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Hiram Rhodes Revels
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U.S. Senator
    (September 27, 1827-January 16, 1901)
    Born in Fayetteville, North Carolina
    US Senator from Mississippi (1870-71)
    First African-American to serve as US Senator
    Minister in the African Methodist Episcopal Church
    First President of Alcorn State University (1871-73,1876-82)
    His birth year is sometimes given as 1822.
    He was often described (presumably for maximum irony) as having replaced Confederate President Jefferson Davis in the Senate, but he was actually appointed to the Senate seat that had been held by Albert Brown when Mississippi seceded.
    Most of his efforts to promote civil rights while in the Senate – such as trying to integrate the schools in Washington, DC – were defeated.
    He was arrested in Missouri for preaching the gospel to a black congregation (1854).
    During the Civil War, he helped organize two black Union regiments from Missouri and Maryland and served as an Army chaplain.
    When he and his family were seated in a Kansas train’s smoking car despite paying for first class tickets, he successfully protested and they were moved to first class.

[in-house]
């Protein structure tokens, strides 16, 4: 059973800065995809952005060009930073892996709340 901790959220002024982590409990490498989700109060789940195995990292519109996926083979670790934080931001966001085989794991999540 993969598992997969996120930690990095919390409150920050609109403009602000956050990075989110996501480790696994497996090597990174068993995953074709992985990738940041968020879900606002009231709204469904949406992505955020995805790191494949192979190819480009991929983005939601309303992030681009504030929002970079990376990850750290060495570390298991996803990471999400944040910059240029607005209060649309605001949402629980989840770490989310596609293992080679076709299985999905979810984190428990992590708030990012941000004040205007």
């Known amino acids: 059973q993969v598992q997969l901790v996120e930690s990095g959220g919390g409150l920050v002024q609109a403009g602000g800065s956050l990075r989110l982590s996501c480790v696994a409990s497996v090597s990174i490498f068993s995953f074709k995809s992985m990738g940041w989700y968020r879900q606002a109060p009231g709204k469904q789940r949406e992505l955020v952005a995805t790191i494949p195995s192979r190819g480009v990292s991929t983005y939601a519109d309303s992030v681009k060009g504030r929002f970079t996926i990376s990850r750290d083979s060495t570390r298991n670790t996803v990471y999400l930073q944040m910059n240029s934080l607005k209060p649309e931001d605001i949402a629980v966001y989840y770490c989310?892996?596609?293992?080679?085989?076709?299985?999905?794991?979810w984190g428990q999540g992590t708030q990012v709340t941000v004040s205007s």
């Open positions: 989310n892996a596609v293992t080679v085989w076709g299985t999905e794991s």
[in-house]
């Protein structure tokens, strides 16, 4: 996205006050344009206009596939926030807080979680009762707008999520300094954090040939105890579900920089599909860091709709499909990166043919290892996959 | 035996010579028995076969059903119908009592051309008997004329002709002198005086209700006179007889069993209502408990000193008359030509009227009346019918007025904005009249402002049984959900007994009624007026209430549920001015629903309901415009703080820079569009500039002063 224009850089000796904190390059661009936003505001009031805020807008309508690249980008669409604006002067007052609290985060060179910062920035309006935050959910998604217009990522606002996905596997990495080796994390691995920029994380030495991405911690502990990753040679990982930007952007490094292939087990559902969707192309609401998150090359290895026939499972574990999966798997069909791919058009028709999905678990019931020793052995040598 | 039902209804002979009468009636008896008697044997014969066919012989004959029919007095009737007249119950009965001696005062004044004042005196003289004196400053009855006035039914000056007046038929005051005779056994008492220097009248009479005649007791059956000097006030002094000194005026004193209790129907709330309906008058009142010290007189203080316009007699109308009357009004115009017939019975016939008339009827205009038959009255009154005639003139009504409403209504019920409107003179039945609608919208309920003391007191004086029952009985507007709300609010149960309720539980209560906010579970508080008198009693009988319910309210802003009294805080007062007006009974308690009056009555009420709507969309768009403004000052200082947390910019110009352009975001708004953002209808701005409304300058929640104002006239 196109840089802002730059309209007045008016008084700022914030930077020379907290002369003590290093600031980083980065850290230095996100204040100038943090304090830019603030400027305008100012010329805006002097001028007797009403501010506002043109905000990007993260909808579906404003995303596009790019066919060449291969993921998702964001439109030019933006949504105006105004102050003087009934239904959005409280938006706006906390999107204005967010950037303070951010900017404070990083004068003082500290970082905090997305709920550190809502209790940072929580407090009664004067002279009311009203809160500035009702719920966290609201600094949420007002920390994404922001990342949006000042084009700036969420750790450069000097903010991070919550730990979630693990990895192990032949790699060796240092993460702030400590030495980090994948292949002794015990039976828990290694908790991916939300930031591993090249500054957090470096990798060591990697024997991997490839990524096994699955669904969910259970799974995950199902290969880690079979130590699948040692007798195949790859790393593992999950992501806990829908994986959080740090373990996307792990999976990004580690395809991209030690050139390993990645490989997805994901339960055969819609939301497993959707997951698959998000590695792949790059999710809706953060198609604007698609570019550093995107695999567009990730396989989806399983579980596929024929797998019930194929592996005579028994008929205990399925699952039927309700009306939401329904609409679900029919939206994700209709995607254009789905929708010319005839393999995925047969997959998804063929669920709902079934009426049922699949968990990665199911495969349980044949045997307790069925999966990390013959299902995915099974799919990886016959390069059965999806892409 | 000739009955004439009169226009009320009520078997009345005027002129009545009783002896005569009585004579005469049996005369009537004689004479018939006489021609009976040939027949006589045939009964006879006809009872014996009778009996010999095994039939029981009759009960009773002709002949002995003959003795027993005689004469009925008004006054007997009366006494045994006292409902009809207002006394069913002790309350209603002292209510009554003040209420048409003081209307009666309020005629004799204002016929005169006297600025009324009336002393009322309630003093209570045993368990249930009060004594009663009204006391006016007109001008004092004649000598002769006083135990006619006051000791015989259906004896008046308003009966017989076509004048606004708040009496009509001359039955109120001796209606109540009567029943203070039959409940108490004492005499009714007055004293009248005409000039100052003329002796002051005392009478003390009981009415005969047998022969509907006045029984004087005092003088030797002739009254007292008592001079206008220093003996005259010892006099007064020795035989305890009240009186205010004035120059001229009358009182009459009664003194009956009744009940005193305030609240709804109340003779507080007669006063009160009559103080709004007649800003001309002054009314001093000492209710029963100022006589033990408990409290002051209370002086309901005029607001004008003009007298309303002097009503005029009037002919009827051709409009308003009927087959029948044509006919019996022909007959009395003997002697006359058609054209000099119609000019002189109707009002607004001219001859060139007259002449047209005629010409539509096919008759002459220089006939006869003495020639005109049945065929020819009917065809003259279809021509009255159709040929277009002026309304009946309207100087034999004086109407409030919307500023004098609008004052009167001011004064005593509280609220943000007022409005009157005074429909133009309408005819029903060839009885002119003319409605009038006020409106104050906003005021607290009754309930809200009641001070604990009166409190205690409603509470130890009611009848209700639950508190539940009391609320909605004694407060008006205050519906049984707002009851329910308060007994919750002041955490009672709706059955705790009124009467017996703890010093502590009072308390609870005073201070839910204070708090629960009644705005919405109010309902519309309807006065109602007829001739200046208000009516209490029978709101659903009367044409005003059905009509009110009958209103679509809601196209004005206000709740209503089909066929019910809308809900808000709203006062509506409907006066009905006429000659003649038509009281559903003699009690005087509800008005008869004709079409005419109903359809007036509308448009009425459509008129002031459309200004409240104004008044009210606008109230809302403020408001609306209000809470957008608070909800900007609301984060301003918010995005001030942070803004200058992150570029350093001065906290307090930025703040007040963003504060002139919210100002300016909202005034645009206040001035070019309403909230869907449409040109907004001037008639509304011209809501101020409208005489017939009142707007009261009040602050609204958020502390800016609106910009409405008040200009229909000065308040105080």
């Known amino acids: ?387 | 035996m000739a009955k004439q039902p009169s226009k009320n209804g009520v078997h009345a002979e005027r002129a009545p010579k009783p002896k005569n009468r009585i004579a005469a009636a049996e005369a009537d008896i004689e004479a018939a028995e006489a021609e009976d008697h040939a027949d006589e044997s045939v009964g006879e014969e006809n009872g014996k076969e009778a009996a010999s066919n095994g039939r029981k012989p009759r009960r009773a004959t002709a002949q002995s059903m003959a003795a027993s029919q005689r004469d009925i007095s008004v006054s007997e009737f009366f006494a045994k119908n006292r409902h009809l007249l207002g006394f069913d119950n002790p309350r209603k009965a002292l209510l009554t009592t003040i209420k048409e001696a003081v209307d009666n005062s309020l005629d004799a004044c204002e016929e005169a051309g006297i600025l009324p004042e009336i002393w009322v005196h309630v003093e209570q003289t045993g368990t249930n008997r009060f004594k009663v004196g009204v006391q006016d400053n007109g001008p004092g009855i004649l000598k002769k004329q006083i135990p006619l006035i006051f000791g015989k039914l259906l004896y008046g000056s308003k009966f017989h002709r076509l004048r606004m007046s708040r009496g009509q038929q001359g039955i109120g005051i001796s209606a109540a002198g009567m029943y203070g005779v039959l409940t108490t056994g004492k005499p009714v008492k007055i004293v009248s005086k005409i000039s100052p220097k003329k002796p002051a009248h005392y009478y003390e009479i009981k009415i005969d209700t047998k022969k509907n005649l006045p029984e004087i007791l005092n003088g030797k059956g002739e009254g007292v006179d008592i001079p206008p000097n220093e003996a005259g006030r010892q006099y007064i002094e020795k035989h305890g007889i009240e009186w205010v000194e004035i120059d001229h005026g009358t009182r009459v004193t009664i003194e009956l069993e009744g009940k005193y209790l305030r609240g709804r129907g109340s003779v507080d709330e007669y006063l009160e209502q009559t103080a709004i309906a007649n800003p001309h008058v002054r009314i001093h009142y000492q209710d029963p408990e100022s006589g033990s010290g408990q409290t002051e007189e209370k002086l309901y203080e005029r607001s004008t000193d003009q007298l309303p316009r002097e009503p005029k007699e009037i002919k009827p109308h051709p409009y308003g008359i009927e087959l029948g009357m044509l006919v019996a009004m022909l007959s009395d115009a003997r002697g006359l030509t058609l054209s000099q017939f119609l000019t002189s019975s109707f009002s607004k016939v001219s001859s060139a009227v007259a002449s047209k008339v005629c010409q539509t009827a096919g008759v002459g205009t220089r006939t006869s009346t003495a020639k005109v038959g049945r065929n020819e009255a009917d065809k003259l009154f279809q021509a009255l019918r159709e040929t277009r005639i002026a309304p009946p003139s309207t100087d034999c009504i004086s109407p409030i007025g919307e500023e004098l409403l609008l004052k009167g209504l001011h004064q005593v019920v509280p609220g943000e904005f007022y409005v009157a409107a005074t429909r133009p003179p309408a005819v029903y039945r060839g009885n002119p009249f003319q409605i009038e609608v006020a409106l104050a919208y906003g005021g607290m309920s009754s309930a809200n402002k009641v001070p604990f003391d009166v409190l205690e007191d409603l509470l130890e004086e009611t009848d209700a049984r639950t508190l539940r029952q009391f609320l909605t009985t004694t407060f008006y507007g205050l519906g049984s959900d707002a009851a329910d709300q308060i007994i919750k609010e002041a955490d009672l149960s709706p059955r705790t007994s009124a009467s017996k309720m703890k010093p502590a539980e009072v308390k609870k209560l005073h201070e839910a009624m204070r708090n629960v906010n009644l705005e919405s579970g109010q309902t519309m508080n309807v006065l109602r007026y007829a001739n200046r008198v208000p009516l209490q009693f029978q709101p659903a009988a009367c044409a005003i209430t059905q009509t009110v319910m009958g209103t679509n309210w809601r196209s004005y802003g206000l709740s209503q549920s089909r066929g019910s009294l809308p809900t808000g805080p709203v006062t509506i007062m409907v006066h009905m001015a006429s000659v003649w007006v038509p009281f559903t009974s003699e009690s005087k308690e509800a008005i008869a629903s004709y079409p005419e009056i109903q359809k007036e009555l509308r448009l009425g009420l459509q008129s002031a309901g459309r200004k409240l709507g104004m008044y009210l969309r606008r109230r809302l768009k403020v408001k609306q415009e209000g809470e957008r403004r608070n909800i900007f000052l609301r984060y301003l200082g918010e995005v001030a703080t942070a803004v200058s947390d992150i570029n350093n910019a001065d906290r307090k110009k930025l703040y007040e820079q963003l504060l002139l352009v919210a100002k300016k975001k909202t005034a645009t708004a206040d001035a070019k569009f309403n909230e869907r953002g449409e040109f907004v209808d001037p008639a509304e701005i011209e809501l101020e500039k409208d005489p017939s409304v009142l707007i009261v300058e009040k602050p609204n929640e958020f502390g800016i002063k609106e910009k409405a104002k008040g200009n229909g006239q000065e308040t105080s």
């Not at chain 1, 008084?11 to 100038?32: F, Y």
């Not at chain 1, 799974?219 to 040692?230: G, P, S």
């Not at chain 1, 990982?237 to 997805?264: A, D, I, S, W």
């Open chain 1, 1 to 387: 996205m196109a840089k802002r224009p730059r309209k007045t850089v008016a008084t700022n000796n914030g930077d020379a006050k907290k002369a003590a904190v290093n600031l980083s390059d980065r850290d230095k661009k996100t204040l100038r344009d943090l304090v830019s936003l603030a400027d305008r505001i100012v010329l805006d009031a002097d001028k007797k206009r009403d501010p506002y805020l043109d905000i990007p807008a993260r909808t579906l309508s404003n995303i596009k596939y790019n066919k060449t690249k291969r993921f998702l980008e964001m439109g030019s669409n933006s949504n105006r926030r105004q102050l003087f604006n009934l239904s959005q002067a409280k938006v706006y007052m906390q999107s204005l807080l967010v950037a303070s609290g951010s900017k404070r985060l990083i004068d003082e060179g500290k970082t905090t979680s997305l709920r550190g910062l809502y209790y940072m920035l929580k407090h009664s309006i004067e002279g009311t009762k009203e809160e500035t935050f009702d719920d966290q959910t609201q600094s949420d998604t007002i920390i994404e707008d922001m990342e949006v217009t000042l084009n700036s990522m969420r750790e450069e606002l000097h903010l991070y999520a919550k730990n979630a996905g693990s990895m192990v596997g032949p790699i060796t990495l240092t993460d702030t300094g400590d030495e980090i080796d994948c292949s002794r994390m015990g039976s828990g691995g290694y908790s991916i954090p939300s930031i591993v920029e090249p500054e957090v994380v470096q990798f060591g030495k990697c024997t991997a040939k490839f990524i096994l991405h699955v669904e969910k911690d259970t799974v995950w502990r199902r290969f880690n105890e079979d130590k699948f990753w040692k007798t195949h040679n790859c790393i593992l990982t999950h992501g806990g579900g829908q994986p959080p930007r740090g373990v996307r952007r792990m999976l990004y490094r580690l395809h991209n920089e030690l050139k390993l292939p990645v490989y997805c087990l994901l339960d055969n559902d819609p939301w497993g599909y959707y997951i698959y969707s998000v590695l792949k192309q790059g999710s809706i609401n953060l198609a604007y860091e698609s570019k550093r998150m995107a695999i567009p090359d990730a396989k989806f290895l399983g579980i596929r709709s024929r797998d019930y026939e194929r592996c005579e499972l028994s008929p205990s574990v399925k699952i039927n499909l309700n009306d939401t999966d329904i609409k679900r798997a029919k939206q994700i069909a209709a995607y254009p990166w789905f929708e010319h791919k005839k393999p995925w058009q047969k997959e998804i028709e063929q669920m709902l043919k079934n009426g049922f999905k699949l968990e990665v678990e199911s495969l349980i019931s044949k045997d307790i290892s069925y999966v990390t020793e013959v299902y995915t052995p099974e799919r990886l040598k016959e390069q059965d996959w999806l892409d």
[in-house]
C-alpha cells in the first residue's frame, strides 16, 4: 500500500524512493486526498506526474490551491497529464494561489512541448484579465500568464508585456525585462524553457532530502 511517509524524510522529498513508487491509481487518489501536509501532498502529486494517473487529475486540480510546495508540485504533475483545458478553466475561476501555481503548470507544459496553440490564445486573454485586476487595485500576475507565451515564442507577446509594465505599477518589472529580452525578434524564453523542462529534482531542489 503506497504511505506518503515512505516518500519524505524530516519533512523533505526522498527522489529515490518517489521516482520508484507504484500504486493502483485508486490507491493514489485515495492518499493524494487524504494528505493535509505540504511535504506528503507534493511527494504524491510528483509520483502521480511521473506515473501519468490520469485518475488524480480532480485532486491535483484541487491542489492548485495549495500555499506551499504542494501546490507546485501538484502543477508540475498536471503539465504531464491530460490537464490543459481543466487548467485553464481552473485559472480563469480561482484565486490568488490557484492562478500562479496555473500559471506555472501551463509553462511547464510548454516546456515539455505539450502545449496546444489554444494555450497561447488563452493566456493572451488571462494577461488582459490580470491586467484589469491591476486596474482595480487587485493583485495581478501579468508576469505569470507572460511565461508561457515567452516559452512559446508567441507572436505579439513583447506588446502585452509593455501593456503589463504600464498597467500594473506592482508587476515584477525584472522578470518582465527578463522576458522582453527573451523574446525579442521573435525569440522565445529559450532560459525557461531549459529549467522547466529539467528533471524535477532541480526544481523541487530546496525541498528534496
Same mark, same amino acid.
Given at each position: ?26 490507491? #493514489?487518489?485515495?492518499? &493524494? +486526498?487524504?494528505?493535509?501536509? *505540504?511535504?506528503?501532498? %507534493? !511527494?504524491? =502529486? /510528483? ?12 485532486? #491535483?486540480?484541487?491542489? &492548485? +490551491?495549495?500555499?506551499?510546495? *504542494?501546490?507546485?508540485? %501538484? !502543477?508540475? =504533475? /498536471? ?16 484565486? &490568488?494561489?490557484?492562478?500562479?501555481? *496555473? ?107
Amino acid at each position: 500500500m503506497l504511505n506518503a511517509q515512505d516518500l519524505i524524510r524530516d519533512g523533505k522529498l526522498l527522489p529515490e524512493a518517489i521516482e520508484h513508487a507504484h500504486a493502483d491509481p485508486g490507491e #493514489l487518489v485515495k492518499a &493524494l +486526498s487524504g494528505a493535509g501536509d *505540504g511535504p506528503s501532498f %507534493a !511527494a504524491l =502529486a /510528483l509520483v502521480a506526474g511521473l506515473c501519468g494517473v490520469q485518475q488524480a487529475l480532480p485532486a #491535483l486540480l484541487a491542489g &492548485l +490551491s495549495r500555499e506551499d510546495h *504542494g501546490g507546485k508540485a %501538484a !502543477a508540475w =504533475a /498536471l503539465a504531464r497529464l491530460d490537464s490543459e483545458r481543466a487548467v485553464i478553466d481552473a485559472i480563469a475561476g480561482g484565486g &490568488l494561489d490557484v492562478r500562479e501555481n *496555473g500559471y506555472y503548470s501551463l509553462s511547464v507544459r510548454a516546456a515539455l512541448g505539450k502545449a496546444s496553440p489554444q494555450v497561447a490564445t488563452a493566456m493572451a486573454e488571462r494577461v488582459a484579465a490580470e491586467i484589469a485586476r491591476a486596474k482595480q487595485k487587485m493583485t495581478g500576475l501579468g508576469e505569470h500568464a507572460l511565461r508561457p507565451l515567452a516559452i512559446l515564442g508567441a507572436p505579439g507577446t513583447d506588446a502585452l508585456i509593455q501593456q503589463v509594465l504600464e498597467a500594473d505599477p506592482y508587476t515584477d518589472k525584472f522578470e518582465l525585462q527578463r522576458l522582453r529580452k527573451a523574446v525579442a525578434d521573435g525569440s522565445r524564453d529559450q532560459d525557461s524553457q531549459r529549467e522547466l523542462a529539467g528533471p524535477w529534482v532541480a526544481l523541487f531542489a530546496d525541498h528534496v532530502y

Democrats in the Senate tried to prevent him from taking his seat by arguing that the Supreme Court’s Dred Scott decision, which ruled that black Americans were not citizens, remained in effect until the ratification of the 14th Amendment in 1868, so Revels had not been a citizen for the nine years required to serve as a Senator.
    After the effort failed and he was sworn in, the New York Times reported, ‘Mr. Revels showed no embarrassment whatever, and his demeanor was as dignified as could be expected under the circumstances. The abuse which had been poured upon him and on his race during the last two days might well have shaken the nerves of any one.’
    He did persuade the Department of War to hire black mechanics at the Washington Navy Yard (1871).

Credit: C. Fishel

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